The December 1st deadline is Fast-Approaching

Monday, November 14, 2016

The Fair Labor Standards Act (FLSA) overtime rule determines whether employees are eligible for, or exempt from, overtime pay. Exempt employees are not eligible for overtime pay for hours worked over 40 in a workweek, but nonexempt employees must be paid time and a half for any hours worked more than 40 in a workweek. (And in California, for any hours more than 8 in a day.) 

In May of 2016, the Department of Labor issued a final ruling on a new overtime provision, which will require that, as of December 1, 2016, exempt (that is, a salaried employee who receives the same base pay each pay period) employees will need to earn a minimum of $47,476 per year. If they don’t earn this base wage, even if they remain classified as exempt, they will qualify for overtime pay.  This is a huge change requiring Human Resources departments and employers to take action for many employees, as this minimum salary has more than doubled (from $23,660) with this change. 

This ruling will impact over 4.2 million employees in the United States, and the minimum threshold will increase every three years, with the first increase being in 2020 to a projected $51,000. 

 

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(Image courtesy of SHRM).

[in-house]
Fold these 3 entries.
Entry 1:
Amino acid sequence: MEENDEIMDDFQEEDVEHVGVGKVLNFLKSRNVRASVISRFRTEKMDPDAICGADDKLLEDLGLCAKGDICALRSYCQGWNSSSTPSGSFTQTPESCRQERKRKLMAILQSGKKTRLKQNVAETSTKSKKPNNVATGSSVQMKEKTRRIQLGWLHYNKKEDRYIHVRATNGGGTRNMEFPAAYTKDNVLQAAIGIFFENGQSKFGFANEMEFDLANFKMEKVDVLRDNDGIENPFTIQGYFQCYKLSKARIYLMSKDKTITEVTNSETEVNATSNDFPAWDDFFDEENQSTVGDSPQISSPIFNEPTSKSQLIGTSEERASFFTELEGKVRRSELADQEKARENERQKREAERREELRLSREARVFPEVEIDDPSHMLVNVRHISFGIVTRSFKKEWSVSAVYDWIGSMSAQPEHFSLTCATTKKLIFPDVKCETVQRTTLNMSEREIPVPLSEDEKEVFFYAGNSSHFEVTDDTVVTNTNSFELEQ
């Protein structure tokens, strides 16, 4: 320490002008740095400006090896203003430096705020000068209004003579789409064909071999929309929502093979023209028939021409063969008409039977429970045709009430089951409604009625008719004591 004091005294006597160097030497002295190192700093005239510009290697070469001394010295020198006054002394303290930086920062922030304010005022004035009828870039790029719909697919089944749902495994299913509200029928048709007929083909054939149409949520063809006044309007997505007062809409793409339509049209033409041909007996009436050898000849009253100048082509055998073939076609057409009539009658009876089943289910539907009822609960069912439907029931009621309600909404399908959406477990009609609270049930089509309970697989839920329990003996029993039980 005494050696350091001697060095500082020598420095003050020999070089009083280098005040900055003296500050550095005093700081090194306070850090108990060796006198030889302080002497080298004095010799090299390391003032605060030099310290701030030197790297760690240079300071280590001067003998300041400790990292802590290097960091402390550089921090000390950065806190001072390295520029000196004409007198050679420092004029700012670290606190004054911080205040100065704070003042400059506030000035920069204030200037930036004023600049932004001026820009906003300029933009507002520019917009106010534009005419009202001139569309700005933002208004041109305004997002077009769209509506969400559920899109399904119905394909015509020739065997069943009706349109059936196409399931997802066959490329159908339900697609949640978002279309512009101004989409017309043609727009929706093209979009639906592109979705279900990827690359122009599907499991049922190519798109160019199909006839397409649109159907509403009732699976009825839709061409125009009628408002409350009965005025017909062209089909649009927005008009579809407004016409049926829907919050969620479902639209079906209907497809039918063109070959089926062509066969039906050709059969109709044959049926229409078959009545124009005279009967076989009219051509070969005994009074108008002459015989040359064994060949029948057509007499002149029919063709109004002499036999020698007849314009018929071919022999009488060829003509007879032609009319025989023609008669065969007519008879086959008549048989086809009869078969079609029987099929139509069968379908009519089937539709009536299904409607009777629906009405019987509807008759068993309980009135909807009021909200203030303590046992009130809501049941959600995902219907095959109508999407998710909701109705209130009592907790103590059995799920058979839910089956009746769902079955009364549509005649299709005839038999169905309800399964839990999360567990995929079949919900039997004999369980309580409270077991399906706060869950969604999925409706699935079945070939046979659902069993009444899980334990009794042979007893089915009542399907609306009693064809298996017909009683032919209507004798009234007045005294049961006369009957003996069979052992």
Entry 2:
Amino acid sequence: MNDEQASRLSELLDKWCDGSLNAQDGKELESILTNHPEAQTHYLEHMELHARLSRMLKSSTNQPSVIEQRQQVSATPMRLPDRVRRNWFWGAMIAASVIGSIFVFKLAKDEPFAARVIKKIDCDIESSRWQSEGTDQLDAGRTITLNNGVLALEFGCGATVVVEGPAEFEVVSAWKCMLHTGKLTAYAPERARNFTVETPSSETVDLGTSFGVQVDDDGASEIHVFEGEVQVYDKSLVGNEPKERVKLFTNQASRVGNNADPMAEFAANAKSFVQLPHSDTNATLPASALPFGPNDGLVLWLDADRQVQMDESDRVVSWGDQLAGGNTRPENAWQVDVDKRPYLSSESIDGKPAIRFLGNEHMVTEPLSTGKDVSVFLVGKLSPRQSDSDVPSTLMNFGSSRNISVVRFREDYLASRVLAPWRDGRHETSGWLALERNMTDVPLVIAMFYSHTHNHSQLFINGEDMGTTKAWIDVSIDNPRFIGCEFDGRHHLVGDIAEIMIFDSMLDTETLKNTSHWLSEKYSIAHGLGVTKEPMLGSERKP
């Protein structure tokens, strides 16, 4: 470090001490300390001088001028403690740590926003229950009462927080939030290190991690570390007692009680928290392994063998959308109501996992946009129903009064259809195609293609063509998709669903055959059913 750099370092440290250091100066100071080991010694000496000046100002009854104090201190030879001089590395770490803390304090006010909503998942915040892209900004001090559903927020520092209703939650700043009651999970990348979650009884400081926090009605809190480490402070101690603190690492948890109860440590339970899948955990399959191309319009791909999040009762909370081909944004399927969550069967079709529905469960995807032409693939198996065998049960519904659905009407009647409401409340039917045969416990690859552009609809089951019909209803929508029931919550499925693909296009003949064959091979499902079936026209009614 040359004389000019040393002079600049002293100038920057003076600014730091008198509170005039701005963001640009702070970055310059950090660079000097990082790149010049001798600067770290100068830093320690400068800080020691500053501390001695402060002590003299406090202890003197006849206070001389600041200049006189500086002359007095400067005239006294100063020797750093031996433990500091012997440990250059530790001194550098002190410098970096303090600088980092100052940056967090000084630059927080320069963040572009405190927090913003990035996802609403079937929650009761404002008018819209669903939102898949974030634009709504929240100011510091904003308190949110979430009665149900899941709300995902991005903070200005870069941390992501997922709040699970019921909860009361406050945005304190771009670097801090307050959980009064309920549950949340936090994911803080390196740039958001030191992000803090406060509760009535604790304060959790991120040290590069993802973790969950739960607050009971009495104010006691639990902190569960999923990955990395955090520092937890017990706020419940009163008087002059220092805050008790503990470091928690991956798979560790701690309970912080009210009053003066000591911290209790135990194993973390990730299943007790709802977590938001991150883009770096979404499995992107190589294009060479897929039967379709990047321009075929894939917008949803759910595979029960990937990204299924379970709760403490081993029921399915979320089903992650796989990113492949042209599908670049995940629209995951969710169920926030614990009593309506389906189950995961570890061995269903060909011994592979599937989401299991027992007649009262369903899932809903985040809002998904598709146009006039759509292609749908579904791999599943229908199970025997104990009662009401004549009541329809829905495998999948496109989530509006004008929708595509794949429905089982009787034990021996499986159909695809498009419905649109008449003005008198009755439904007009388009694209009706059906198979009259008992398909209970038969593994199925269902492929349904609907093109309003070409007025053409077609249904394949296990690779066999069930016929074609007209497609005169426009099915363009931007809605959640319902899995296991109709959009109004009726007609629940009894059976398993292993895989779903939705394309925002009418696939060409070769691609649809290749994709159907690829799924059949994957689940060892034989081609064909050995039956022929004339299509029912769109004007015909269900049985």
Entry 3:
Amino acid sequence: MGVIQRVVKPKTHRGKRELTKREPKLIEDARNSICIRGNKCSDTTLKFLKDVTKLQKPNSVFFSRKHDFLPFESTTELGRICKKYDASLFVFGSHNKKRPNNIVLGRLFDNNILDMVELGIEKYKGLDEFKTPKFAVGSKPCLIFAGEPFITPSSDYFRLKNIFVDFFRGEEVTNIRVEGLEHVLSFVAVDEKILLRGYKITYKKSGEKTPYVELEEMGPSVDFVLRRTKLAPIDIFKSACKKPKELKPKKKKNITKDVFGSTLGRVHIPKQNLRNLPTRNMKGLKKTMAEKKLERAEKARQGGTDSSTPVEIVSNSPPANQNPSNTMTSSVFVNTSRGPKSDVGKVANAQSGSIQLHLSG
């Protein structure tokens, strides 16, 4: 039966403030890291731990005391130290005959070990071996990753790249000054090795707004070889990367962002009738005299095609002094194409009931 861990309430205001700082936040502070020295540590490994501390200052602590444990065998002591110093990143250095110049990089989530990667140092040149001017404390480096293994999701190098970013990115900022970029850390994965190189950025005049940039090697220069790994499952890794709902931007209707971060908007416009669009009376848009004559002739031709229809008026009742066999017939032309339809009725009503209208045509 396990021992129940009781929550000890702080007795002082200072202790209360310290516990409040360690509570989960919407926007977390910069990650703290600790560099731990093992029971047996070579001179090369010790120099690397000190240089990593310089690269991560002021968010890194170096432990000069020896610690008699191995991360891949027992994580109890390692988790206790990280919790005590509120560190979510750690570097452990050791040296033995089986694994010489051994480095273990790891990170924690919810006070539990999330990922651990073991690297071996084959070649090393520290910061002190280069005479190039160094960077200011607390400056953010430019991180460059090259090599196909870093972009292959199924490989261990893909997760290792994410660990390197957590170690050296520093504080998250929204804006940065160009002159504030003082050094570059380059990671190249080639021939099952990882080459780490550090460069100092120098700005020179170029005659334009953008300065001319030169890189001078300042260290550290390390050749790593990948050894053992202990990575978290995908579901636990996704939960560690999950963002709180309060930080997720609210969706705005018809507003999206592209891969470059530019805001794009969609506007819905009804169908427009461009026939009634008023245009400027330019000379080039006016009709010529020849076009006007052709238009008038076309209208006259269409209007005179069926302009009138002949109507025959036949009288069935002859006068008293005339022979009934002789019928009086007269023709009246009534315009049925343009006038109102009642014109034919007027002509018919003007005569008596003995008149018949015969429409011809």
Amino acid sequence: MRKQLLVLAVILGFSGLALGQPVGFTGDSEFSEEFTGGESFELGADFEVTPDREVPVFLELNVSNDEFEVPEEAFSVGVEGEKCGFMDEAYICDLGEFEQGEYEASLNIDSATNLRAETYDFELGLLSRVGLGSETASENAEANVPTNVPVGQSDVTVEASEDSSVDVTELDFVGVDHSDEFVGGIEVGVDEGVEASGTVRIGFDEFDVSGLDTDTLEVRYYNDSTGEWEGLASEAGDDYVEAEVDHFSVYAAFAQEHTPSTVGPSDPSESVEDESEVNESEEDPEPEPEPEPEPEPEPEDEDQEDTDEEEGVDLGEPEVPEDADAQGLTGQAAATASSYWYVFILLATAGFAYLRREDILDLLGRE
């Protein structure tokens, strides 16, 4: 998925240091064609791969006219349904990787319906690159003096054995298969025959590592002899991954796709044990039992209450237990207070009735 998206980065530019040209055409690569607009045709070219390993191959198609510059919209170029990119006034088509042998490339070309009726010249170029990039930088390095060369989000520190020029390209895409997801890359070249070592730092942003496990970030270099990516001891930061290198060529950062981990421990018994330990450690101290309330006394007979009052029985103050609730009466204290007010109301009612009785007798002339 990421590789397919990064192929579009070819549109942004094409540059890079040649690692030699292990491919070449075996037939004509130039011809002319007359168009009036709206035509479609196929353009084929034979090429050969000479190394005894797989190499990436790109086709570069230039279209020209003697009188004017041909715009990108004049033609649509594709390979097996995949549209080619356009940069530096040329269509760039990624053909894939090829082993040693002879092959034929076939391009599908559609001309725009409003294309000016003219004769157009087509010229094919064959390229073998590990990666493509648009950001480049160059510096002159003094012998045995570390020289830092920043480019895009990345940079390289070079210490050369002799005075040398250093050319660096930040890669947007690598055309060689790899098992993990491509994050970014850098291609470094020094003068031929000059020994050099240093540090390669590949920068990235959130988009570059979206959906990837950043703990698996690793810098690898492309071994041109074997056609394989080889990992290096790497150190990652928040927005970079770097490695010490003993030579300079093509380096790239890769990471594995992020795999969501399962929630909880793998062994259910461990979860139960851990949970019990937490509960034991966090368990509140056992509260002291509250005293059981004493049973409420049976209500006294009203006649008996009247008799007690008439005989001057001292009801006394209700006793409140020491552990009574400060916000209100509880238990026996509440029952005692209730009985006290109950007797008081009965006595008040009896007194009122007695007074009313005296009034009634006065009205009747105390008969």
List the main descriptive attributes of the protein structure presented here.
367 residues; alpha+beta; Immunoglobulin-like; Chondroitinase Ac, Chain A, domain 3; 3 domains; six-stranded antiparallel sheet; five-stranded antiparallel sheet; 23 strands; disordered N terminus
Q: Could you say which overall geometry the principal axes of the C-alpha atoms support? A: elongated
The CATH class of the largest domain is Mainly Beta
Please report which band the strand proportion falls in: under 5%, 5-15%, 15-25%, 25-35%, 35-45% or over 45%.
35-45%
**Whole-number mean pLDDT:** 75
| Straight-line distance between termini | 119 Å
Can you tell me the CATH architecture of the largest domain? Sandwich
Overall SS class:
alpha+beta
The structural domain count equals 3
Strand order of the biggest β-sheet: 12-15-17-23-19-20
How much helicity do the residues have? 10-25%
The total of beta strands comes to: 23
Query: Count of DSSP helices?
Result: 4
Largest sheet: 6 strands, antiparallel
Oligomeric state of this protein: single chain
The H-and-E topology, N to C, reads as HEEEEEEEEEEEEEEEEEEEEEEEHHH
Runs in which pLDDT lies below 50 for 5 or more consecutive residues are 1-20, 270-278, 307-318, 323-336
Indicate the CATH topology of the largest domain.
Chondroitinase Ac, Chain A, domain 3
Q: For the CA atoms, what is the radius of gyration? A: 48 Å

Consider your Employees

It’s important to remember that just changing the employee’s title, earnings amount, or earnings method does not (legally) change them from a non-exempt to an exempt employee. Exempt status is based on the job duties the employee performs, so merely changing an employee to exempt with a salary of $47,476, without reviewing their job duties, doesn’t necessarily mean you’re in compliance. 

After reviewing their job duties, also consider the morale of an employee who is told their status will change from exempt to non-exempt. It is a common belief out there that moving from exempt to non-exempt is the equivalent of a demotion; which simply is not the case. And conversely, non-exempt employees who are used to earning additional money through their overtime hours may see a move to exempt status as a negative, since their earnings often drop without that overtime pay. 

For more information on the new overtime rule, visit SHRM’s Employment Law center here

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